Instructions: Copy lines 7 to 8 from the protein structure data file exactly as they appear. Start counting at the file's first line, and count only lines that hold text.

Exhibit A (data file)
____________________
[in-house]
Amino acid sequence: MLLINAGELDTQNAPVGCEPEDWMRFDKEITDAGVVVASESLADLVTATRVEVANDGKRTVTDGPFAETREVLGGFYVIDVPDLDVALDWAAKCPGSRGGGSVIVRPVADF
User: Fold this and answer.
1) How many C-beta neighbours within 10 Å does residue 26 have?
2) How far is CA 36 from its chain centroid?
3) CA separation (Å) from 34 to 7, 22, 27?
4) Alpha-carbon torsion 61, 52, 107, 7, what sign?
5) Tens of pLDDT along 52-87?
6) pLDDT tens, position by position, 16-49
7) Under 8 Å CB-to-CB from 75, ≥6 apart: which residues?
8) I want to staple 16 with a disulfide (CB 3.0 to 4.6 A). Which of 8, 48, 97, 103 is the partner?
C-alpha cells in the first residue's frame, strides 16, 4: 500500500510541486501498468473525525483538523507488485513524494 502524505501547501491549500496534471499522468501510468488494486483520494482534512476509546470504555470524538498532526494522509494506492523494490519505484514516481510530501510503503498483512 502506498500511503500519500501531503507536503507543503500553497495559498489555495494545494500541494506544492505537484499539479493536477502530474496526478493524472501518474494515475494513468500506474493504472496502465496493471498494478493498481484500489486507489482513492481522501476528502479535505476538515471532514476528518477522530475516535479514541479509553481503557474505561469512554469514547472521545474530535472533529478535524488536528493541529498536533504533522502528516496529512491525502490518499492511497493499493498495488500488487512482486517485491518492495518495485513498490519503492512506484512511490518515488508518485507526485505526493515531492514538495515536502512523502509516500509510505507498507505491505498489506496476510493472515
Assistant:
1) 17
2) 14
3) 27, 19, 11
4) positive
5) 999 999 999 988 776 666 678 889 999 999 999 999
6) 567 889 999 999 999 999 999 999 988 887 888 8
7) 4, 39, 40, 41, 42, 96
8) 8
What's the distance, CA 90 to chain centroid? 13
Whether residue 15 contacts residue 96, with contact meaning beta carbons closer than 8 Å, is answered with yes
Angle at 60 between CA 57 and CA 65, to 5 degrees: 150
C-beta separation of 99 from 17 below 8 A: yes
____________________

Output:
4) Alpha-carbon torsion 61, 52, 107, 7, what sign?
5) Tens of pLDDT along 52-87?